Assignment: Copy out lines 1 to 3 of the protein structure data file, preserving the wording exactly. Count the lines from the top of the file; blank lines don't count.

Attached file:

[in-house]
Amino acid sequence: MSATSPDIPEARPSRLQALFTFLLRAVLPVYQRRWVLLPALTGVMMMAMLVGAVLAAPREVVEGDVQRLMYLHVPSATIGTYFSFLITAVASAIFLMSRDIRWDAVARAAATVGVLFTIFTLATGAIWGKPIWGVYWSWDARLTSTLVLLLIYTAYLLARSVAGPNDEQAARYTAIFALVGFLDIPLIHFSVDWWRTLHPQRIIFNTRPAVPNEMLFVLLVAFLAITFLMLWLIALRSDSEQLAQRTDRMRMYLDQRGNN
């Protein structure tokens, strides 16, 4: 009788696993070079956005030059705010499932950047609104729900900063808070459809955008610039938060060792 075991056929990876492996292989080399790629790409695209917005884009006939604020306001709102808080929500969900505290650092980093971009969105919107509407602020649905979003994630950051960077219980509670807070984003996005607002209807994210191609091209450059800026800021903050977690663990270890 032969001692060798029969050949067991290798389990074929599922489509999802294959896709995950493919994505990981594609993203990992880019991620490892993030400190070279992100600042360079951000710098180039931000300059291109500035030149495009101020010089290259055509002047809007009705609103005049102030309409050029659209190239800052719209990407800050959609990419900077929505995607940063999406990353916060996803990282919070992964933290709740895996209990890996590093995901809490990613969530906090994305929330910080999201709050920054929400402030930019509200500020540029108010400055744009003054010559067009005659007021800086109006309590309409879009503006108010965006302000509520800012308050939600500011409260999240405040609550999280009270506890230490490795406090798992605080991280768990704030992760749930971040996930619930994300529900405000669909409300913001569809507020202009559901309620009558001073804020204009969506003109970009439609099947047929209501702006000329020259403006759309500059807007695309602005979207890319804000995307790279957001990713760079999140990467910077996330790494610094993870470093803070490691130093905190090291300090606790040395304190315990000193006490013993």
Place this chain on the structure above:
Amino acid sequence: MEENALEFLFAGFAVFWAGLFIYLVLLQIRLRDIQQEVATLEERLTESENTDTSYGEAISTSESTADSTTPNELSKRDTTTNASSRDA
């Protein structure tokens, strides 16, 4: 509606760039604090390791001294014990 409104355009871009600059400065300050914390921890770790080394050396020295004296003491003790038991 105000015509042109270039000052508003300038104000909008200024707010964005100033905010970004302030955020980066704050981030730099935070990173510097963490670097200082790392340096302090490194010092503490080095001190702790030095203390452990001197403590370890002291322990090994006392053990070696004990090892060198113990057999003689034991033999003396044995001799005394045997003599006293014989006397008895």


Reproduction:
[in-house]
Amino acid sequence: MSATSPDIPEARPSRLQALFTFLLRAVLPVYQRRWVLLPALTGVMMMAMLVGAVLAAPREVVEGDVQRLMYLHVPSATIGTYFSFLITAVASAIFLMSRDIRWDAVARAAATVGVLFTIFTLATGAIWGKPIWGVYWSWDARLTSTLVLLLIYTAYLLARSVAGPNDEQAARYTAIFALVGFLDIPLIHFSVDWWRTLHPQRIIFNTRPAVPNEMLFVLLVAFLAITFLMLWLIALRSDSEQLAQRTDRMRMYLDQRGNN
């Protein structure tokens, strides 16, 4: 009788696993070079956005030059705010499932950047609104729900900063808070459809955008610039938060060792 075991056929990876492996292989080399790629790409695209917005884009006939604020306001709102808080929500969900505290650092980093971009969105919107509407602020649905979003994630950051960077219980509670807070984003996005607002209807994210191609091209450059800026800021903050977690663990270890 032969001692060798029969050949067991290798389990074929599922489509999802294959896709995950493919994505990981594609993203990992880019991620490892993030400190070279992100600042360079951000710098180039931000300059291109500035030149495009101020010089290259055509002047809007009705609103005049102030309409050029659209190239800052719209990407800050959609990419900077929505995607940063999406990353916060996803990282919070992964933290709740895996209990890996590093995901809490990613969530906090994305929330910080999201709050920054929400402030930019509200500020540029108010400055744009003054010559067009005659007021800086109006309590309409879009503006108010965006302000509520800012308050939600500011409260999240405040609550999280009270506890230490490795406090798992605080991280768990704030992760749930971040996930619930994300529900405000669909409300913001569809507020202009559901309620009558001073804020204009969506003109970009439609099947047929209501702006000329020259403006759309500059807007695309602005979207890319804000995307790279957001990713760079999140990467910077996330790494610094993870470093803070490691130093905190090291300090606790040395304190315990000193006490013993």